“I saw myself as an anthropologist who’d be working and getting a salary, teaching and discovering other cultures in a very secluded intellectual environment. A lot of what happened to me was the consequence of choices. I made the right choices but not for the reasons people suspect. I never did Zulu street guitar to make a political statement. I wasn’t politically conscious at the age of 14, I fell in love and it became a massive musical detective story on a hunt to discover the roots of it. When I discovered Zulu dancing, that changed my life. At the age of 15 the whole new world of a warrior culture unfolded. The songs, the words, the movements, were a gift.
“My ambitions were to become an African, but not in the sense of an Afrikaner who is also an African. I - a white person born outside Manchester in the UK - wanted to find my own road and in that darkest of times I discovered an African migrant community that was so happy to have a white kid dancing in the hostels that they accelerated my urban adventure into a tribal world.”
He and Mchunu formed Juluka (Sweat) in 1977, they disbanded in 1985 when Mchunu opted to return to KZN and go cattle farming. By then, six gold and platinum selling albums later, they were an international success. Clegg formed Savuka (We have risen) which would lead to some of his most memorable music, among them Cruel Crazy Beautiful World written to commemorate the birth of his elder son and The Crossing/Osiyeza, written in memory of his friend and Savuka partner Dudu Ndlovhu, who was murdered while trying to mediate in a KZN taxi war. Ndlovhu’s murder would precipitate the break up of Savuka, leading Clegg on a solo career that became notable for its evolution into musical anthropology, which would provide a perfect platform for his Final Journey tour, which he announced in 2017.
He had been diagnosed with pancreatic cancer in April 2015 and immediately underwent surgery. Clegg was put on a course of chemotherapy but continued with his busy schedule, missing only two gigs. In March 2016 though, following a rise in his tumour count, his doctors prescribed an aggressive six-month round of chemo. Still, Clegg continued as normal. It all changed on January 1, 2017 when he was bedridden for a month.
“This chemo guarantees a year of suppressing the cancer,” he said at the time, “we’ve got a window. They said to me, ‘you don’t want to be in a space in two or three years where you don’t have the energy to say goodbye in a two-and-half hour show’.”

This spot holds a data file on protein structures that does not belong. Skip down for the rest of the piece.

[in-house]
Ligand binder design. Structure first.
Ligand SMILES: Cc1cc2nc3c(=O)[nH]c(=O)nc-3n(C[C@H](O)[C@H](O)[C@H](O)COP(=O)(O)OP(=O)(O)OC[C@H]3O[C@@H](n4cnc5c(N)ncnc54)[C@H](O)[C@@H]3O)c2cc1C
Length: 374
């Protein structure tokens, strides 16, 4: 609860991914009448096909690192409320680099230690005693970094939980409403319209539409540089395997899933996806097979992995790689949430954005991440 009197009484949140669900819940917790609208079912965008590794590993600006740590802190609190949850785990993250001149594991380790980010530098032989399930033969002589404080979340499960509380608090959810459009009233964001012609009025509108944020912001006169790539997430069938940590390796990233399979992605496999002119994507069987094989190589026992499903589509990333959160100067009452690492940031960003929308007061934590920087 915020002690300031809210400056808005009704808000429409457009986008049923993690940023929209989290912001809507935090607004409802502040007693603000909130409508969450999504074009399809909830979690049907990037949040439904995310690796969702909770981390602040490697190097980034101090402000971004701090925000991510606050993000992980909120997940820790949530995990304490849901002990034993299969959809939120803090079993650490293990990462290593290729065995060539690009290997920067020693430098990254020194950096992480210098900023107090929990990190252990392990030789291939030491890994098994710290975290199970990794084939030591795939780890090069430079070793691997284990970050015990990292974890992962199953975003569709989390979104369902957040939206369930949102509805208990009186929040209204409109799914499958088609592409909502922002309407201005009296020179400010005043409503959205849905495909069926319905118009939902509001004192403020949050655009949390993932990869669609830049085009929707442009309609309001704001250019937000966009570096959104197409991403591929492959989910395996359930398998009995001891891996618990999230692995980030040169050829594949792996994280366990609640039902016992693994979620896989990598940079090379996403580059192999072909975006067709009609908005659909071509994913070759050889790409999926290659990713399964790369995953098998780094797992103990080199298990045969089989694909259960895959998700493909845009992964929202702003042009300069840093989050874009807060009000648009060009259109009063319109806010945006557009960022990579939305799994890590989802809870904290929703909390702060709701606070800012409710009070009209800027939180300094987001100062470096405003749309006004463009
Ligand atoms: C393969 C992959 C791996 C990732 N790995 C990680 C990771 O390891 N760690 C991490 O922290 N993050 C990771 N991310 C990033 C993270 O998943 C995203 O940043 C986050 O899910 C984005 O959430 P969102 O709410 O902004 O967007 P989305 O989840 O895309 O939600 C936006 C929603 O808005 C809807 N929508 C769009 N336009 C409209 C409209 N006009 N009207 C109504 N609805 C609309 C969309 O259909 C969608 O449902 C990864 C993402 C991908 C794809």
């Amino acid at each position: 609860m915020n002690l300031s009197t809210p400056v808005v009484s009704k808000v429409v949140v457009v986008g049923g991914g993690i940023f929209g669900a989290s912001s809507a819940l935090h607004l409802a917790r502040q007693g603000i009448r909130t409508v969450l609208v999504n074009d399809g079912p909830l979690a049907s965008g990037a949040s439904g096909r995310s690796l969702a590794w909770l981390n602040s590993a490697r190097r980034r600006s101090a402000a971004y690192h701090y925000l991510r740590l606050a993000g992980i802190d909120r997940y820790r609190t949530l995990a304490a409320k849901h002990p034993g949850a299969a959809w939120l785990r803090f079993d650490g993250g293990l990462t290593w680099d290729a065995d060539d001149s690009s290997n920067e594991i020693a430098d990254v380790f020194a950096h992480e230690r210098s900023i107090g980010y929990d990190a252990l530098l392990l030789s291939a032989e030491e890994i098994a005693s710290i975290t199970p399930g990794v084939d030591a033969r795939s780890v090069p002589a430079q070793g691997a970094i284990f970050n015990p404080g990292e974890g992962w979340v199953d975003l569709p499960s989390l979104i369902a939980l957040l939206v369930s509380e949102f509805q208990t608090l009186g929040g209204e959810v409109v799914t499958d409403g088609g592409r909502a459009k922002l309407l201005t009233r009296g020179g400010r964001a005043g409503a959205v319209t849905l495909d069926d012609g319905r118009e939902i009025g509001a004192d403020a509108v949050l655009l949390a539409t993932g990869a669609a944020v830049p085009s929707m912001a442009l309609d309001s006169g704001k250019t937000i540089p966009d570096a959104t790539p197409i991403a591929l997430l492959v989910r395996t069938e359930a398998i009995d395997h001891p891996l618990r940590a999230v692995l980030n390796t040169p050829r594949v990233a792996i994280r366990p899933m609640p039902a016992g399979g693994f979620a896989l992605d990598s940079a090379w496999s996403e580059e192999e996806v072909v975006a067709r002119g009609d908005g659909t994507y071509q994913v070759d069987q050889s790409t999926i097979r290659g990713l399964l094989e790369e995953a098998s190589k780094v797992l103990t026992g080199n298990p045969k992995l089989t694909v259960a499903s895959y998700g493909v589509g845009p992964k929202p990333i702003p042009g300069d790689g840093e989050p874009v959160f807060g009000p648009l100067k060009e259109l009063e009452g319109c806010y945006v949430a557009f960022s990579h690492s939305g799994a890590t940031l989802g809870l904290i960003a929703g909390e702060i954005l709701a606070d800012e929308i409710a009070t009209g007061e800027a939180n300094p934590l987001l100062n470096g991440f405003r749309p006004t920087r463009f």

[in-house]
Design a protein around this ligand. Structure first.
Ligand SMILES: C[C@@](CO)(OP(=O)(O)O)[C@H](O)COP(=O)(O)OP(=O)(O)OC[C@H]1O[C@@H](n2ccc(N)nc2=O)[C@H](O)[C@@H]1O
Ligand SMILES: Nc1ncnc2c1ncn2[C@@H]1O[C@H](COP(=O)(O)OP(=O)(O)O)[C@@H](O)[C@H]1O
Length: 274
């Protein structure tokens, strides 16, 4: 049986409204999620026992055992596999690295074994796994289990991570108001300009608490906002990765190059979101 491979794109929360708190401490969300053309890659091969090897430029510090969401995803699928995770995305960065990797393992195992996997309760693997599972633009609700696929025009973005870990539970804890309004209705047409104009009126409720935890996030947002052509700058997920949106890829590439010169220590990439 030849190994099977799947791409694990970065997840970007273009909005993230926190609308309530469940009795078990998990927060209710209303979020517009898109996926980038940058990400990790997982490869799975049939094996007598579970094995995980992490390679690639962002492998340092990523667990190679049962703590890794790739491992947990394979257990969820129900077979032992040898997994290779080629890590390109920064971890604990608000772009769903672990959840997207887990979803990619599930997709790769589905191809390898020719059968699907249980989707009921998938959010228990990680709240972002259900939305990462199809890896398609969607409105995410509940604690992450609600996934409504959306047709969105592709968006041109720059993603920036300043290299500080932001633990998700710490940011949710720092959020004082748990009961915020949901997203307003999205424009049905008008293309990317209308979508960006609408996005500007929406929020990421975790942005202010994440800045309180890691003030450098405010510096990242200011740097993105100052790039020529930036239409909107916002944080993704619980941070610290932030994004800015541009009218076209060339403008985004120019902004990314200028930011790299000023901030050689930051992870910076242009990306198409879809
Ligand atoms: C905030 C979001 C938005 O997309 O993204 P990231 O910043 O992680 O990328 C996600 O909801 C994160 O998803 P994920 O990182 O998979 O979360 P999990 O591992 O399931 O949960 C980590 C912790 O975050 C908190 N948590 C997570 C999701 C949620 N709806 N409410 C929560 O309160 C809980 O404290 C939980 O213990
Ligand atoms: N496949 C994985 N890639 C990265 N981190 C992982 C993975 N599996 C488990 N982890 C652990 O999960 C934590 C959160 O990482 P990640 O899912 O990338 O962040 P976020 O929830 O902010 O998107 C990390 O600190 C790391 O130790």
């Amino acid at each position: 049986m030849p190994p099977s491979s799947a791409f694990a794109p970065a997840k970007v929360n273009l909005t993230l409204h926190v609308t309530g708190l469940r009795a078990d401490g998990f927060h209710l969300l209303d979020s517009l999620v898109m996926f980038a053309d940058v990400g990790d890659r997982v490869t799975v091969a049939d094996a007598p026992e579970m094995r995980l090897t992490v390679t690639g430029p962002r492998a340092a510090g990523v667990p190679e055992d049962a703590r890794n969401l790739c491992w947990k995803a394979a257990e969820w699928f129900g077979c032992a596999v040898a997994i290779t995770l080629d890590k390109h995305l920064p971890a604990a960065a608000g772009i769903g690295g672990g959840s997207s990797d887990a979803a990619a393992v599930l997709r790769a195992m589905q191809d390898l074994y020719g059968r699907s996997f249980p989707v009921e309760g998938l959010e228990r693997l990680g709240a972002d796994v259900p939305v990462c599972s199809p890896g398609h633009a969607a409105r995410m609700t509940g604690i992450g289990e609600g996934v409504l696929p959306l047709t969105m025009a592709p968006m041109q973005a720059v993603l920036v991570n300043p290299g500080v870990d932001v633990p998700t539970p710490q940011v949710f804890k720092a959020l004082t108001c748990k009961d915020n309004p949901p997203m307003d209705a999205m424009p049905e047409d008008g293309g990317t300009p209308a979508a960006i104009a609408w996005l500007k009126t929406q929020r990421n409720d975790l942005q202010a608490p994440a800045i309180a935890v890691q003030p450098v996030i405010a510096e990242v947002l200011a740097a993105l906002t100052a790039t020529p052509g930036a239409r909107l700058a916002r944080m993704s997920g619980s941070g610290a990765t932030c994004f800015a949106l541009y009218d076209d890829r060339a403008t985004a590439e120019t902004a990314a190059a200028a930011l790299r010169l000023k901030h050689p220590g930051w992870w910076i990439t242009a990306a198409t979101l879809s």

And thus, the Final Journey Tour was born. The chemo meant Clegg had lost feeling in his fingers and his feet, but by the time the show opened in July, it was difficult to see. His concerts were a tour de force. Every time he was on stage was an emotional farewell. In each he never stopped evangelising for South Africans to overcome their differences and acknowledge their humanity, while alluding to the deep disappointment he felt about the state South Africa found itself in.
The response from his fans was overwhelming, more tour dates were added - three times - with the last dates pencilled in for Soweto with the last one for Wits University where he had his first concert with Mchunu, but it was not to be. He knew it, but he refused to concede.
“I’ve been living in a parallel universe, the doctors have kind of given me until January in terms of the chemo, after which we are in no-man’s land medically, with radiation next if necessary.”
In January last year, he started chemo again, bringing the Final Journey to an unofficial end, but he played when his health would allow it.
The last of these was in December at the launch of his fund to improve the lives of poor schoolchildren through education. It was there that he was surprised by the video of 56 musicians, organised by musician Karen Zoid, all singing The Crossing, long one of Clegg’s personal favourite songs, which immediately went viral.
Before he had set out on the Final Journey, he had mused: “It’s a song about a life taken prematurely - now when I sing it, it’s ironic.”
This week, the country has tried to make sense of a loss that had been signposted for months but still cut to the core. Veteran journalist and commentator Max du Preez spoke for many when he wrote: “to me #JohnnyClegg wrote the soundtrack for the society we should aspire to.”